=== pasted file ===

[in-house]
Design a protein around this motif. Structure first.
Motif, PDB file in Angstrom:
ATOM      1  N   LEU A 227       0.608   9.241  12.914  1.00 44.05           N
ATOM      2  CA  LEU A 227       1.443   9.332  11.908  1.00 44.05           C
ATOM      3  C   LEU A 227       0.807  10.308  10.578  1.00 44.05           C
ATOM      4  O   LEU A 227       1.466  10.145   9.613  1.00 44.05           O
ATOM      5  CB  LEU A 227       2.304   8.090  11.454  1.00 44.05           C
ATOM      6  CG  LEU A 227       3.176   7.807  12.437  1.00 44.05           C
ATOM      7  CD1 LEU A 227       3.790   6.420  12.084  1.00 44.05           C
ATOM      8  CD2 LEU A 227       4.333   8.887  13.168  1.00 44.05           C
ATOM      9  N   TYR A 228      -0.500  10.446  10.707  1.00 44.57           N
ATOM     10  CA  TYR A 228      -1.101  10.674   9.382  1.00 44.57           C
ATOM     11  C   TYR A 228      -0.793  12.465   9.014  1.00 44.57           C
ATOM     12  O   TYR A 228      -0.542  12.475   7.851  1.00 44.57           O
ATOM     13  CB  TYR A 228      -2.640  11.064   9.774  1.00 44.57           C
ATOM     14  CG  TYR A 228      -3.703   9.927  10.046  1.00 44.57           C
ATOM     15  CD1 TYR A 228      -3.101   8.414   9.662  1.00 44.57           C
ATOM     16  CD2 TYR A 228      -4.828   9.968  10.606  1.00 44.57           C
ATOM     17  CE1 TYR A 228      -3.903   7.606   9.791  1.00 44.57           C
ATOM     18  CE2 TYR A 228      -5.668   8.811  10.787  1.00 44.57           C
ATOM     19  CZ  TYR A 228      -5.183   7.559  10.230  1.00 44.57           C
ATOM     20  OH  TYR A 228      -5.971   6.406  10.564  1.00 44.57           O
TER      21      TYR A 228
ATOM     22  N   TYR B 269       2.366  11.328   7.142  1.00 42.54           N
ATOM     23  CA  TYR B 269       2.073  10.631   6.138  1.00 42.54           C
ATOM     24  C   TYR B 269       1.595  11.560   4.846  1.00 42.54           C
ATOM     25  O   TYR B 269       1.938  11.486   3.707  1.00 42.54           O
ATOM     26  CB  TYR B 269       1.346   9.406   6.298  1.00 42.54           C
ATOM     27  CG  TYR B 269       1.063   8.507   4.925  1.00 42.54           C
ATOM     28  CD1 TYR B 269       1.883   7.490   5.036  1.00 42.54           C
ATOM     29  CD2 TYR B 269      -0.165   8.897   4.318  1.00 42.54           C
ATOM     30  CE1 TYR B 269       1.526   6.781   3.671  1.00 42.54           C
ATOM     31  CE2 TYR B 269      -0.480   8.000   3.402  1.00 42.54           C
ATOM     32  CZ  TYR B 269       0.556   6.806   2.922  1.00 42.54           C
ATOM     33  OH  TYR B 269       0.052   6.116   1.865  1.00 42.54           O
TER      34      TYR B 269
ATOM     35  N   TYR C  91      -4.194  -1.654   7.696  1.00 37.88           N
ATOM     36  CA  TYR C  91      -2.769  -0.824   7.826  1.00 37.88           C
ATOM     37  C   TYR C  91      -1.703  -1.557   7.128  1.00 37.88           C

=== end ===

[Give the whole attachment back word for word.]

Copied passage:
[in-house]
Design a protein around this motif. Structure first.
Motif, PDB file in Angstrom:
ATOM      1  N   LEU A 227       0.608   9.241  12.914  1.00 44.05           N
ATOM      2  CA  LEU A 227       1.443   9.332  11.908  1.00 44.05           C
ATOM      3  C   LEU A 227       0.807  10.308  10.578  1.00 44.05           C
ATOM      4  O   LEU A 227       1.466  10.145   9.613  1.00 44.05           O
ATOM      5  CB  LEU A 227       2.304   8.090  11.454  1.00 44.05           C
ATOM      6  CG  LEU A 227       3.176   7.807  12.437  1.00 44.05           C
ATOM      7  CD1 LEU A 227       3.790   6.420  12.084  1.00 44.05           C
ATOM      8  CD2 LEU A 227       4.333   8.887  13.168  1.00 44.05           C
ATOM      9  N   TYR A 228      -0.500  10.446  10.707  1.00 44.57           N
ATOM     10  CA  TYR A 228      -1.101  10.674   9.382  1.00 44.57           C
ATOM     11  C   TYR A 228      -0.793  12.465   9.014  1.00 44.57           C
ATOM     12  O   TYR A 228      -0.542  12.475   7.851  1.00 44.57           O
ATOM     13  CB  TYR A 228      -2.640  11.064   9.774  1.00 44.57           C
ATOM     14  CG  TYR A 228      -3.703   9.927  10.046  1.00 44.57           C
ATOM     15  CD1 TYR A 228      -3.101   8.414   9.662  1.00 44.57           C
ATOM     16  CD2 TYR A 228      -4.828   9.968  10.606  1.00 44.57           C
ATOM     17  CE1 TYR A 228      -3.903   7.606   9.791  1.00 44.57           C
ATOM     18  CE2 TYR A 228      -5.668   8.811  10.787  1.00 44.57           C
ATOM     19  CZ  TYR A 228      -5.183   7.559  10.230  1.00 44.57           C
ATOM     20  OH  TYR A 228      -5.971   6.406  10.564  1.00 44.57           O
TER      21      TYR A 228
ATOM     22  N   TYR B 269       2.366  11.328   7.142  1.00 42.54           N
ATOM     23  CA  TYR B 269       2.073  10.631   6.138  1.00 42.54           C
ATOM     24  C   TYR B 269       1.595  11.560   4.846  1.00 42.54           C
ATOM     25  O   TYR B 269       1.938  11.486   3.707  1.00 42.54           O
ATOM     26  CB  TYR B 269       1.346   9.406   6.298  1.00 42.54           C
ATOM     27  CG  TYR B 269       1.063   8.507   4.925  1.00 42.54           C
ATOM     28  CD1 TYR B 269       1.883   7.490   5.036  1.00 42.54           C
ATOM     29  CD2 TYR B 269      -0.165   8.897   4.318  1.00 42.54           C
ATOM     30  CE1 TYR B 269       1.526   6.781   3.671  1.00 42.54           C
ATOM     31  CE2 TYR B 269      -0.480   8.000   3.402  1.00 42.54           C
ATOM     32  CZ  TYR B 269       0.556   6.806   2.922  1.00 42.54           C
ATOM     33  OH  TYR B 269       0.052   6.116   1.865  1.00 42.54           O
TER      34      TYR B 269
ATOM     35  N   TYR C  91      -4.194  -1.654   7.696  1.00 37.88           N
ATOM     36  CA  TYR C  91      -2.769  -0.824   7.826  1.00 37.88           C
ATOM     37  C   TYR C  91      -1.703  -1.557   7.128  1.00 37.88           C